Pres. Obama thinks we should subsidize green companies also, to the tune of $2.3 billion in Recovery Act tax credits for green manufacturers.
But does breaking something to allow for something else to flourish work? Kenneth Green discusses this 'broken window' fallacy first introduced in 1850 by French economist Frédéric Bastiat.(1) If a child breaks a shopkeeper's window, Bastiat said, people feel bad unless they are told the broken window leads to more work for the window repairman, who then buys more food from someone, etc. So is the little hoodlum who broke the window a civic hero? Well, no, the shopkeeper bought things with his money anyway and the intact window added value to the town - the most a repaired window can do is lose value because it's the same window purchased twice and one person was severely penalized.
Journalist John Stossel believes that we have the benefit of learning from the mistakes of others. Green programs in Spain destroyed 2.2 jobs for every green job created, he notes, while the capital needed for one green job in Italy could create almost five jobs in the general economy.
In judging any government initiative, such as Obama's green-jobs plan, you can't look just at the credit side of ledger because the government is unable to give without first taking away.That's true. I am no Adam Smith but a government first has to acquire money from somewhere to give credits to someone else. But is that 2.2 jobs ruined for every job created a real number? Like "jobs created or saved" it sounds made up. Well, he and Green at least didn't make it up. Green was citing a study by researchers at the Universidad Rey Juan Carlos who looked into the economic effects of Spain's push into wind and other renewable energy.
According to their findings, Spain spent 571,138 euros on each green job since 2000 but because Spain is a rather socialist state the government they also eliminated 110,500 jobs elsewhere in the economy. That is where the 2.2 jobs destroyed for every green job created number comes from.
You might argue those jobs would have been eliminated anyway - and you're right for saying so. If you were critical of Pres. Obama's "jobs saved or created" numbers you can't accept this because it criticizes the green economy, but they note the type of jobs this impacted is quantifiable and therefore more valid than saying every construction worker who did not get fired was not fired because of a stimulus plan. Because these were energy jobs, the higher cost of electricity was directly attributable to employment changes in metallurgy, food processing, beverage industries. etc. that have high energy usage.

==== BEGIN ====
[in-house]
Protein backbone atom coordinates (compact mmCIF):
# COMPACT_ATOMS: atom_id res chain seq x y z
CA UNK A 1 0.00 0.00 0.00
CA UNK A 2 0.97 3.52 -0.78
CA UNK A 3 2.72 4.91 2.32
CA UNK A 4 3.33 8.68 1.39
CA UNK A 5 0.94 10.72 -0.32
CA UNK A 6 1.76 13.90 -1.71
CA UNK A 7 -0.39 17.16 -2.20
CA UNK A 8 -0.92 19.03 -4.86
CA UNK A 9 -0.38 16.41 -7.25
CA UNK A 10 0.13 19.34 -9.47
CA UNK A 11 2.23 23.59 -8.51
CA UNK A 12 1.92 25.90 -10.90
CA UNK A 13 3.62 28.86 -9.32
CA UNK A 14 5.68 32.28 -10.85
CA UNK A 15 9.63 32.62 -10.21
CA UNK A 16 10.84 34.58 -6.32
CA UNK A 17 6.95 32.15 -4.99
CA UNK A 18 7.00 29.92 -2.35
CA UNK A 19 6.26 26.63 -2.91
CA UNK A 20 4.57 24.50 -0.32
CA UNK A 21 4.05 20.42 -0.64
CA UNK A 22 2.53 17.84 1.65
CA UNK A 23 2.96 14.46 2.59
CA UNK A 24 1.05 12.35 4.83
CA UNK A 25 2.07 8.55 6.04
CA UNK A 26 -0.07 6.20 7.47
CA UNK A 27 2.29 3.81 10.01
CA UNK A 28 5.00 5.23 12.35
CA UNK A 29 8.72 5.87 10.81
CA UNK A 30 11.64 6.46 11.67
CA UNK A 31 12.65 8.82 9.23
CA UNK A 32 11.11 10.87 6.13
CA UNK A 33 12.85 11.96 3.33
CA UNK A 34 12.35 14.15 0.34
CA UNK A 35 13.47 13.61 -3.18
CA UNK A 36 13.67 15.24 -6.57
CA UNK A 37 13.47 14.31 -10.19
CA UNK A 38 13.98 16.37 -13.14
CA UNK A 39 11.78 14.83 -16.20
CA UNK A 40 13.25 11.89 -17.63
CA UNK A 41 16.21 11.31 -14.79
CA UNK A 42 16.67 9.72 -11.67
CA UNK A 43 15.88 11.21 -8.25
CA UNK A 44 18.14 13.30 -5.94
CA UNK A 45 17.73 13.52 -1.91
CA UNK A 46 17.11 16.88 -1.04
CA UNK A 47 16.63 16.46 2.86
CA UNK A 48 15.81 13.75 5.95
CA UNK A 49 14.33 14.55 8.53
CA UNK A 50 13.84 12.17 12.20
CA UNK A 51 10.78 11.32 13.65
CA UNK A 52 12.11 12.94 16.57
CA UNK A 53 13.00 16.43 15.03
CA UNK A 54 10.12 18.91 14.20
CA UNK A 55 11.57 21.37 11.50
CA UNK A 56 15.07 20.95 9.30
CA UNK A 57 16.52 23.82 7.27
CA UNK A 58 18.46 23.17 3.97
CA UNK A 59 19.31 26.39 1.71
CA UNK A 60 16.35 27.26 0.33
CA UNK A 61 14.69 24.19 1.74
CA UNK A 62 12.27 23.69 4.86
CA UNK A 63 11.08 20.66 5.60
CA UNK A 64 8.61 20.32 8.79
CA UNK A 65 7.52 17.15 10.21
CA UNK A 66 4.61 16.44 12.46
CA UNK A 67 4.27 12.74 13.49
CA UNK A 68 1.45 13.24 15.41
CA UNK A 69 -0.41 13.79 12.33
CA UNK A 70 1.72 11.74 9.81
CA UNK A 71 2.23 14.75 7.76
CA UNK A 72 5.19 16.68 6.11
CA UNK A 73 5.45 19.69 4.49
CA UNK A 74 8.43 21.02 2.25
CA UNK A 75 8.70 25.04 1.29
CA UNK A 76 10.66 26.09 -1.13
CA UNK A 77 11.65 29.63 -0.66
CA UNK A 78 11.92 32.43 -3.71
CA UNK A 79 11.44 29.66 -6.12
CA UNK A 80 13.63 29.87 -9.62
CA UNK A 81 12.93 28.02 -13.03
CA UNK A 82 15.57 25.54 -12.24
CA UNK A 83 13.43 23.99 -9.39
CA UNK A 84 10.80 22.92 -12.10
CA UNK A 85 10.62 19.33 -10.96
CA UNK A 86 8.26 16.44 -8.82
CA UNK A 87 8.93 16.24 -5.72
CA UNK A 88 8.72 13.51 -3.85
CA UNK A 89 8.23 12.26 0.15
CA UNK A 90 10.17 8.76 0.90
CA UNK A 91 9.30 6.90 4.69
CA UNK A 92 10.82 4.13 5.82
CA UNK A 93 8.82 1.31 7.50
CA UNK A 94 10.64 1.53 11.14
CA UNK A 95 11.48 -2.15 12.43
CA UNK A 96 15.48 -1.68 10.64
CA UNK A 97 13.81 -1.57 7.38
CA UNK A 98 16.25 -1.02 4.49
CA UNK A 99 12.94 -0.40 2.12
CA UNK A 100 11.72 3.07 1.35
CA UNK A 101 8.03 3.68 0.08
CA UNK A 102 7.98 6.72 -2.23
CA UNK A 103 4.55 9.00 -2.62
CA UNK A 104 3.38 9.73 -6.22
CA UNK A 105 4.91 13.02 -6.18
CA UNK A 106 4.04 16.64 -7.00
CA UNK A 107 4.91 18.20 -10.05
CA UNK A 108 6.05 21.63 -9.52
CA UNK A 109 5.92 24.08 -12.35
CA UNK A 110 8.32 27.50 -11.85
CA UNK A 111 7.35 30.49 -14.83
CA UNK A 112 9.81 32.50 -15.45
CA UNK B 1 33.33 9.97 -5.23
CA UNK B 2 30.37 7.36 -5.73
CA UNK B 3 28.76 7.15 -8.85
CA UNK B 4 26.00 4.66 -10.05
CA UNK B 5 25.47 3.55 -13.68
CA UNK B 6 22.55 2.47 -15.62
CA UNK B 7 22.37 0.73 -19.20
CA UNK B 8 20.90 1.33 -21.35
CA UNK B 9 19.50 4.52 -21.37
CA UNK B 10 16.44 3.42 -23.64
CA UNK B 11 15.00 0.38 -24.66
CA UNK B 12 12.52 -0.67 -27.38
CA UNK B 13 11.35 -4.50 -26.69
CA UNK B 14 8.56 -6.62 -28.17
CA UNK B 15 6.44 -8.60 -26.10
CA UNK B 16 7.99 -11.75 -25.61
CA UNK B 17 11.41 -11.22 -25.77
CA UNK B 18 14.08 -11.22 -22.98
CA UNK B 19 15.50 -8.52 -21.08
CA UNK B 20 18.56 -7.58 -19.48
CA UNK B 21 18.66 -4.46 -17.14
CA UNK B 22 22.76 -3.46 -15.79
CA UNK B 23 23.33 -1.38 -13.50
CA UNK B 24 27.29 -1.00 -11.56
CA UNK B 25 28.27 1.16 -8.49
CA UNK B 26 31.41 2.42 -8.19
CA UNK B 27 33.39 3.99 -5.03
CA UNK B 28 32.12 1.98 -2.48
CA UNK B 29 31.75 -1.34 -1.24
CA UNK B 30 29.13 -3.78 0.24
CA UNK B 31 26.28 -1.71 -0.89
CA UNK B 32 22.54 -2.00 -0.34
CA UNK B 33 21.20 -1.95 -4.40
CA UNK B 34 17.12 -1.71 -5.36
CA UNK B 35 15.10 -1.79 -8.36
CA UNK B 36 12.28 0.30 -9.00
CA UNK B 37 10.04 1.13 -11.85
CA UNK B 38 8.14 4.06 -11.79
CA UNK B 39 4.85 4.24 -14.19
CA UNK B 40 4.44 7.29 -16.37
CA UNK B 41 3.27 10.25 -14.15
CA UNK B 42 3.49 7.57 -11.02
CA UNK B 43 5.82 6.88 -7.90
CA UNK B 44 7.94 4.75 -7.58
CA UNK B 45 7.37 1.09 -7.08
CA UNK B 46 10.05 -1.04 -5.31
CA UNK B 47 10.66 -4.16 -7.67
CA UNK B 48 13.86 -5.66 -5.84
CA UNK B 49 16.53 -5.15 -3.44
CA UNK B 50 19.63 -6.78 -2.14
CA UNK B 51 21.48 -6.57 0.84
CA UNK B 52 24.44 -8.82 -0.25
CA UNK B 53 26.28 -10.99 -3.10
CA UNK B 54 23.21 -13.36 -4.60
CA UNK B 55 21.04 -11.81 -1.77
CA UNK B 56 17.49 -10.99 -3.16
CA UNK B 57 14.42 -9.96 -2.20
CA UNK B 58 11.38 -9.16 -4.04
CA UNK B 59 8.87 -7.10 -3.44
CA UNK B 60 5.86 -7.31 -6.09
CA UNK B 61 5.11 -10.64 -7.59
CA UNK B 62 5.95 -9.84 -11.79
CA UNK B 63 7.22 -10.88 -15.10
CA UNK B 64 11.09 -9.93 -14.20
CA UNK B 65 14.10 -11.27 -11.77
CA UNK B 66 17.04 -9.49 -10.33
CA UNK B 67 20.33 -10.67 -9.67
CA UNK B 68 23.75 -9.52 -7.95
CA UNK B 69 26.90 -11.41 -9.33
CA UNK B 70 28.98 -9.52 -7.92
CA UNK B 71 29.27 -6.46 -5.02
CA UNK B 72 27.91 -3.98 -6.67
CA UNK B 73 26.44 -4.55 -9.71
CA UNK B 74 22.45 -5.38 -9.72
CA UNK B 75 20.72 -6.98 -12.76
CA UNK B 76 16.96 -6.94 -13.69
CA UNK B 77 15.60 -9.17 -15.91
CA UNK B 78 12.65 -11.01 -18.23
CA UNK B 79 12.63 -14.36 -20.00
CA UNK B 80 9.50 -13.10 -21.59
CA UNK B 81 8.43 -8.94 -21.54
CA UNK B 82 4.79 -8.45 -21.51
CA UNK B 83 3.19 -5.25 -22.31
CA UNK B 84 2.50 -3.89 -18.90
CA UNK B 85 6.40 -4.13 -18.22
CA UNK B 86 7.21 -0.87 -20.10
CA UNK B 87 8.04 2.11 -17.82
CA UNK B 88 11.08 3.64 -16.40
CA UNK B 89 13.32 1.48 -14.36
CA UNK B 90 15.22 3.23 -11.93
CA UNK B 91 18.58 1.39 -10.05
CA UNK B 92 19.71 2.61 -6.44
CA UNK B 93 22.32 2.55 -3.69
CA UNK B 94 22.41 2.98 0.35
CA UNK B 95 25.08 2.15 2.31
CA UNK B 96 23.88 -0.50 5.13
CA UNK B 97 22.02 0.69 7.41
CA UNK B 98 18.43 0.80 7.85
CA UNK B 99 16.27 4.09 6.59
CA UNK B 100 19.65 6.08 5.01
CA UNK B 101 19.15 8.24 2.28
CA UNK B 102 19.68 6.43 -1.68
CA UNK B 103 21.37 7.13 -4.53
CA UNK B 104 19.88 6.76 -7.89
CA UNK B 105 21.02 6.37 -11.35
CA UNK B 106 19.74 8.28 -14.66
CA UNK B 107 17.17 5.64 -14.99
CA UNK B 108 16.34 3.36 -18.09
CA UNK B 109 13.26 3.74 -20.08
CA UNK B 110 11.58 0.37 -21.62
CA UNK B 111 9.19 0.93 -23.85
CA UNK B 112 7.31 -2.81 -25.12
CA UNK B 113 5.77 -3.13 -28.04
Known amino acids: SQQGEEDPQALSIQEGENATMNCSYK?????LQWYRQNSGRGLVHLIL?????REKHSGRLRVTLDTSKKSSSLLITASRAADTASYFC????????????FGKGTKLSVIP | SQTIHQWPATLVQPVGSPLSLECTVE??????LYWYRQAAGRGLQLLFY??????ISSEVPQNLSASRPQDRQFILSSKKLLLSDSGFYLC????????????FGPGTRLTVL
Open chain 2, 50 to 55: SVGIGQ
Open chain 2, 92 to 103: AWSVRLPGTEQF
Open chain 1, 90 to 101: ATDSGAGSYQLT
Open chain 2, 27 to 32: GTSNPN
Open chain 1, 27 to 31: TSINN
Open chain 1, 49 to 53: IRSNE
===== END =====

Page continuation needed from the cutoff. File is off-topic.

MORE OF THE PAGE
Green goes on to cite similar data about efforts in Italy. I can't think of any instances where government subsidies have turned into businesses that became self-sustaining. When the government ran ARPA-NET, no one used it. It was only because a different government worker created a way to make Web pages usable for everyone (and did it for free) that the Web took off. Government did not penalize the horse and buggy industry, like they are doing with light bulbs, and subsidize automobiles. When a better solution came along, people adopted it and Big Trolley Car or whatever was powerless to stop them.
Obviously the environment is important and if we want to have people in other countries improve their quality of life a better energy solution will need to be found - but solar panels and wind farms have failed for decades and throwing government money to keep them afloat does not seem like a great solution.
(1) Before you criticize the source, please recognize that the number of times leftwing organizations like PBS have noted the benefits of lower taxes is still comfortably sitting at 0. So it stands to follow the only groups noting the pitfalls of spending money on big gambles will be free market.